While the writings themselves offer little information about Shakespeare’s character and personality, allusions to events of the time, often ambiguous, surface repeatedly in the dramas. In Shakespeare’s lifetime a young girl named Katherine Hamnet drowned in a stream near Stratford, a death reminiscent of Ophelia’s in Hamlet (c. 1600-1601). Shakespeare’s son Hamnet, whose name is interchangeable with Hamlet, was named for his Stratford acquaintance Hamnet Sadler. He borrowed character names such as Peto, Bardolph, and Fluellen from people who lived in his own part of the country, though not their characters. Numerous similar allusions to Shakespeare’s country can be cited from the dramas. As Fraser points out, however, Shakespeare created his characters from literature or history, not from people he knew. Many scholars will disagree with Fraser’s extension of this generalization to the Sonnets (1609), for he assumes that the Dark Lady, the Young Man, and the Sonnets’ strange plot were creations of Shakespeare’s imagination. Yet precedent favors the extension.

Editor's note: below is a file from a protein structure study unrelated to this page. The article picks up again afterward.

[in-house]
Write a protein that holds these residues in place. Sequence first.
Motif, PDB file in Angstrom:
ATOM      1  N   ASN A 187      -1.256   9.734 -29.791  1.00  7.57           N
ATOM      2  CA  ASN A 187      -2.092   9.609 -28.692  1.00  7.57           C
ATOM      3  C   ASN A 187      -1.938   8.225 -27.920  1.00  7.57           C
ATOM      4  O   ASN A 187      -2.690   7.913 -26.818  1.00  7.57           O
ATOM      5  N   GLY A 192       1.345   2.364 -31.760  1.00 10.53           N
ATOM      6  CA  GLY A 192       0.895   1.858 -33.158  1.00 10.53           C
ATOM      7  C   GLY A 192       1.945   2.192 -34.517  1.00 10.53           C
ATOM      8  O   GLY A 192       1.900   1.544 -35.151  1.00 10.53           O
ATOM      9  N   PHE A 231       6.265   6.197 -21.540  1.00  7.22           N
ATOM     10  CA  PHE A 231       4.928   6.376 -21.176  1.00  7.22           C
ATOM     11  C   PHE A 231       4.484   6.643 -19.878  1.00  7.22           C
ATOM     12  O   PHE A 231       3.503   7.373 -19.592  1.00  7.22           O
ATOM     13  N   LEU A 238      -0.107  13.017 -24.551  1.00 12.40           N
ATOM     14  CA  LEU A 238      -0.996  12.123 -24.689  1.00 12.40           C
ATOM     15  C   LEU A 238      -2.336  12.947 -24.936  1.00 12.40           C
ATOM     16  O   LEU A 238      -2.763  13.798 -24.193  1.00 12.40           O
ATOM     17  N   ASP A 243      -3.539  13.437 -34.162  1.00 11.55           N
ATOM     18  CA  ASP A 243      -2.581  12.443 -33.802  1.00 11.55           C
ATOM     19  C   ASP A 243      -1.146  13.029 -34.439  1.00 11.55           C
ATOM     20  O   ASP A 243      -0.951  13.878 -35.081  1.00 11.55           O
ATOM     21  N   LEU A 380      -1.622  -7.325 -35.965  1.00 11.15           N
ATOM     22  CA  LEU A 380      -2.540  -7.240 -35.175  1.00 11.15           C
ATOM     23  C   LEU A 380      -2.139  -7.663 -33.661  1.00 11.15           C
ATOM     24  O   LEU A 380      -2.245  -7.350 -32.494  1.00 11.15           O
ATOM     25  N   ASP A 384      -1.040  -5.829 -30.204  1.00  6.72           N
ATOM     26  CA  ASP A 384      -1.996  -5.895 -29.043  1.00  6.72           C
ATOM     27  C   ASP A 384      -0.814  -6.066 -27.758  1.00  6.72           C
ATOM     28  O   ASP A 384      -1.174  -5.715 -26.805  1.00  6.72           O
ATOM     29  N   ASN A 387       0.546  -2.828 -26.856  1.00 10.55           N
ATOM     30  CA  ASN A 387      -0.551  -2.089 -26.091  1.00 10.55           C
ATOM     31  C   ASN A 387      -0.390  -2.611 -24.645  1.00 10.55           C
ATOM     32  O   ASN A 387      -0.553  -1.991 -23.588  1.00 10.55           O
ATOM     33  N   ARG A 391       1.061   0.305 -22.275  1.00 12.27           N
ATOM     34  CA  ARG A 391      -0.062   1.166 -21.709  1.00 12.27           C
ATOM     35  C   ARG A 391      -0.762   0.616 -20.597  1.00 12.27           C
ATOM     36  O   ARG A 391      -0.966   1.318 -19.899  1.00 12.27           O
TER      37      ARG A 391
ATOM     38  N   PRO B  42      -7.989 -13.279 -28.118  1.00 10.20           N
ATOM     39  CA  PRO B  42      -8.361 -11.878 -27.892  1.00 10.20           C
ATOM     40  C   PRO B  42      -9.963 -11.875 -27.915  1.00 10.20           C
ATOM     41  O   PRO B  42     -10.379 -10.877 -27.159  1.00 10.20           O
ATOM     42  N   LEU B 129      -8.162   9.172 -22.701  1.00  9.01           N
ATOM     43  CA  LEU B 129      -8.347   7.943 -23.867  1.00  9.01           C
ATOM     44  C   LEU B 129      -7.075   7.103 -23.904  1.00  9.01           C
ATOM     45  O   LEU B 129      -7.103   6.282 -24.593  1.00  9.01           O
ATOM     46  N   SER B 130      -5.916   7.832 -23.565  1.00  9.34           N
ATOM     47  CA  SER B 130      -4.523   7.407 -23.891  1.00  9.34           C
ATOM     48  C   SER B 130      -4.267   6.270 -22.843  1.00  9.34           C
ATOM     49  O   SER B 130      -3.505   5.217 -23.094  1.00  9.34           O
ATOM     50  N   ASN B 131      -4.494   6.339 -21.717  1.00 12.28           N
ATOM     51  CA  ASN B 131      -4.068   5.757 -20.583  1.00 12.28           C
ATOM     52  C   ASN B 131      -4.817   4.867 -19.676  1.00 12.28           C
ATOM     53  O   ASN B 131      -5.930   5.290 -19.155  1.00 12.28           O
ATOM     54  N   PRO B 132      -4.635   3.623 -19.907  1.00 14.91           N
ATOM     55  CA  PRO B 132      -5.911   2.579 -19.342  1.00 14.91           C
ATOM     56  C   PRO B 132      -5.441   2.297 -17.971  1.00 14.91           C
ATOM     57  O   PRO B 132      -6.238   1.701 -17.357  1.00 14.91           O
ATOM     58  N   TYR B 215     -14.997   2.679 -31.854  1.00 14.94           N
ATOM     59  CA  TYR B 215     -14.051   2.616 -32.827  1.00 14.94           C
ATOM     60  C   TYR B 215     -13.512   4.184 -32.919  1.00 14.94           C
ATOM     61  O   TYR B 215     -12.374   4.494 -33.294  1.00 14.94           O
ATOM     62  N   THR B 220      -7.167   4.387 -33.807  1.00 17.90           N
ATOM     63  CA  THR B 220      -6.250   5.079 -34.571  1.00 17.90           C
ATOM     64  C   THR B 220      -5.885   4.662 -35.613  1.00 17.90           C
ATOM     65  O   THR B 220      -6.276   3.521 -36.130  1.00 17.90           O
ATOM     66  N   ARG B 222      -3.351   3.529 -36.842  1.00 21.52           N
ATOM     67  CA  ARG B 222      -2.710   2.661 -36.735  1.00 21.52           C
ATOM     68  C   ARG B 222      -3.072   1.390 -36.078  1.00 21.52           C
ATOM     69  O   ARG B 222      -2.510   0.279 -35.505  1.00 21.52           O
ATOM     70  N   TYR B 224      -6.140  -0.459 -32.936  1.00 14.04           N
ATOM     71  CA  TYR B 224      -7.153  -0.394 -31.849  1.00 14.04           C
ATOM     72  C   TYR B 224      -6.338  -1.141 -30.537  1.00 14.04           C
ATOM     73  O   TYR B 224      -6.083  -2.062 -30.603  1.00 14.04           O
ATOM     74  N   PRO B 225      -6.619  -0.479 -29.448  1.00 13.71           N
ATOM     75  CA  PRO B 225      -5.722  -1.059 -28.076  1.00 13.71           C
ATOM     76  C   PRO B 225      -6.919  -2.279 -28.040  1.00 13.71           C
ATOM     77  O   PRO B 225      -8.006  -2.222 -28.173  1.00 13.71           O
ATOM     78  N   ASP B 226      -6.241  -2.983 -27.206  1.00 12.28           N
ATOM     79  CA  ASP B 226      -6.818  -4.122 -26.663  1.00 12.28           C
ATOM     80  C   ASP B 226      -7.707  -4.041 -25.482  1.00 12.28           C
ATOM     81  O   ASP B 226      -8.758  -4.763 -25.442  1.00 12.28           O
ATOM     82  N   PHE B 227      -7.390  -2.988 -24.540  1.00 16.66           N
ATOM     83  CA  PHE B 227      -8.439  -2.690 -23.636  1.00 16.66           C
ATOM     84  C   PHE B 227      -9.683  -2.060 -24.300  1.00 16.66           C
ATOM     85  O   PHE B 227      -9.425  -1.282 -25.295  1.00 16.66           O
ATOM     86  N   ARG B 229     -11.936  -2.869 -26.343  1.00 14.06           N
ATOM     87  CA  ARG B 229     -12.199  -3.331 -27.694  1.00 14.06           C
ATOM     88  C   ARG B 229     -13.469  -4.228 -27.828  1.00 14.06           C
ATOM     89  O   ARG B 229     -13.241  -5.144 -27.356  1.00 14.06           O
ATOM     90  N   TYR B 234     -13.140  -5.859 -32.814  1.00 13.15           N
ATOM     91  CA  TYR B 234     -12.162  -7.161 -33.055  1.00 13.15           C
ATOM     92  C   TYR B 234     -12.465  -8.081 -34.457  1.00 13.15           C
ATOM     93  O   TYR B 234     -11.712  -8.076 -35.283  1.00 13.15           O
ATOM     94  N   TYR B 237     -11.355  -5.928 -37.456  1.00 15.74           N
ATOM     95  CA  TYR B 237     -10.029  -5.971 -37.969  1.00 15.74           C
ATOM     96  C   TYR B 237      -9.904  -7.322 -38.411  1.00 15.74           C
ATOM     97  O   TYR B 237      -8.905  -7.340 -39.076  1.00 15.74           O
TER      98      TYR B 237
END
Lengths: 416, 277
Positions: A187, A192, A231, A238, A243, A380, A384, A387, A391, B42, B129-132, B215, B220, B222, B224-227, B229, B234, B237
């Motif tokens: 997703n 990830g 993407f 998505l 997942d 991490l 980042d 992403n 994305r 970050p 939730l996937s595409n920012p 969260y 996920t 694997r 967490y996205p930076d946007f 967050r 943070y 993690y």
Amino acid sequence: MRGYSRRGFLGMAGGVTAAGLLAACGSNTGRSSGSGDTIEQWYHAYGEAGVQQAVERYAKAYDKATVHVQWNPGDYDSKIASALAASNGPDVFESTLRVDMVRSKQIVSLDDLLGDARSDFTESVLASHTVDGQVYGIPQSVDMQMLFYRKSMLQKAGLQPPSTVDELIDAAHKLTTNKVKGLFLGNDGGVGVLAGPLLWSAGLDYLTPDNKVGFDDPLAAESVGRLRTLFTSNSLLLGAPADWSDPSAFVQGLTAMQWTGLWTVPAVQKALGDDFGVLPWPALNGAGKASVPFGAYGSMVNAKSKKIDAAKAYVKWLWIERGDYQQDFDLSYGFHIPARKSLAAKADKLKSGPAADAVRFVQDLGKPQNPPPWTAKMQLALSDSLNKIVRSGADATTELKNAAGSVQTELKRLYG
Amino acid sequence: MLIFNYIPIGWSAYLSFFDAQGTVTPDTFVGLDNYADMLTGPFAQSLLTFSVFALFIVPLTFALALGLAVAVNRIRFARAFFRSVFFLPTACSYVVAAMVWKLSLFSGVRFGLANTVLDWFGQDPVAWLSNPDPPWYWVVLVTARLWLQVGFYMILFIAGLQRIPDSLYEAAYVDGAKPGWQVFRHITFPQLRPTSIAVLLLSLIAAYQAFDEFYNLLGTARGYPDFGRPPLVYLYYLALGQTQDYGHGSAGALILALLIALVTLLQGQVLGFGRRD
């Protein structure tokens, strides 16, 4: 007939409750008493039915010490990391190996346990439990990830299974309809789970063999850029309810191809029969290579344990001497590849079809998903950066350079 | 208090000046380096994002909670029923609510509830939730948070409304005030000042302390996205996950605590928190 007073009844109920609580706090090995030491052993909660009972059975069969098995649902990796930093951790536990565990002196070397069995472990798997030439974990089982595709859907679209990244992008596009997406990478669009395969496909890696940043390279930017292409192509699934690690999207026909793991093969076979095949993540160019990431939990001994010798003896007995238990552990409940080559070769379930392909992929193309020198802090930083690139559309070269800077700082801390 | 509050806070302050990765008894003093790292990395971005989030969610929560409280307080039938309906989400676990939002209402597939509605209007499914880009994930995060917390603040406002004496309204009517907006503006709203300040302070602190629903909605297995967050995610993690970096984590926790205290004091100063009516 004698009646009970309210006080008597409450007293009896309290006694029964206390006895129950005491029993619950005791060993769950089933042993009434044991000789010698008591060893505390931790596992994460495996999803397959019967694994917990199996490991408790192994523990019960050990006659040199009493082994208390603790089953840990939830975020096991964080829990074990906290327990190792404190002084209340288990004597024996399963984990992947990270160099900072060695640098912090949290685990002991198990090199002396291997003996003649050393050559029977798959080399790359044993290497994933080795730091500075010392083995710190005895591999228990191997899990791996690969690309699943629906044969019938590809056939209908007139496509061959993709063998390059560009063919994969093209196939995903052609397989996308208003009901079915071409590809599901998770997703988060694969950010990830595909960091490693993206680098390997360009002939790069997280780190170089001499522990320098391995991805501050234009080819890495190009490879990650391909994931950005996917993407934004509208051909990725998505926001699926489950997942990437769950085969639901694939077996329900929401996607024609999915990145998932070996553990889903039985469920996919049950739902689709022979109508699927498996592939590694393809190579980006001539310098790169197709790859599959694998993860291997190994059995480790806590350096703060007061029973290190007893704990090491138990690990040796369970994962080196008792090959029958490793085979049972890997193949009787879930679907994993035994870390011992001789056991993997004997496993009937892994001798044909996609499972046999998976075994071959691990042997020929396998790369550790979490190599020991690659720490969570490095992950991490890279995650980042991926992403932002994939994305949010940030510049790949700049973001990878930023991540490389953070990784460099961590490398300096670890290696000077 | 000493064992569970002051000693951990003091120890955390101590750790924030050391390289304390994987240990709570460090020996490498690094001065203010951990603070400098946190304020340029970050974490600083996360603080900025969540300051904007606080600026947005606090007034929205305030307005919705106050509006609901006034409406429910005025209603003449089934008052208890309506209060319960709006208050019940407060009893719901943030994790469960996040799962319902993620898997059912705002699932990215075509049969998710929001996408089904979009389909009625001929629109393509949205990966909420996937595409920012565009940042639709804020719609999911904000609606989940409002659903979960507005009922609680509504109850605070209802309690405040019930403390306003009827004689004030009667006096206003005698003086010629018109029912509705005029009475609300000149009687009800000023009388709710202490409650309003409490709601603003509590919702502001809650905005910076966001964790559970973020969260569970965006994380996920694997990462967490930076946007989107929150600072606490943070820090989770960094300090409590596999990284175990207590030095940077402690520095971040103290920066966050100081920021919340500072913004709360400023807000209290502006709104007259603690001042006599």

Despite the wealth of detail and biographical allusions in the plays, Fraser’s Shakespeare as character remains inscrutable and almost as insubstantial as Prospero’s dream. Still, Fraser offers a well-developed theory about his essential identity, that of a creative artist. His Shakespeare is a dedicated professional and something of a recluse who shunned company in the interest of writing. His preoccupation was not with family, friends, or company, but with his art and with success. Not gregarious, he appears to have possessed the negative capability that John Keats found in his work, suspending his own ego and emotion so that his characters could develop theirs. As Fraser explains, “None of his acquaintances were allowed to get close.”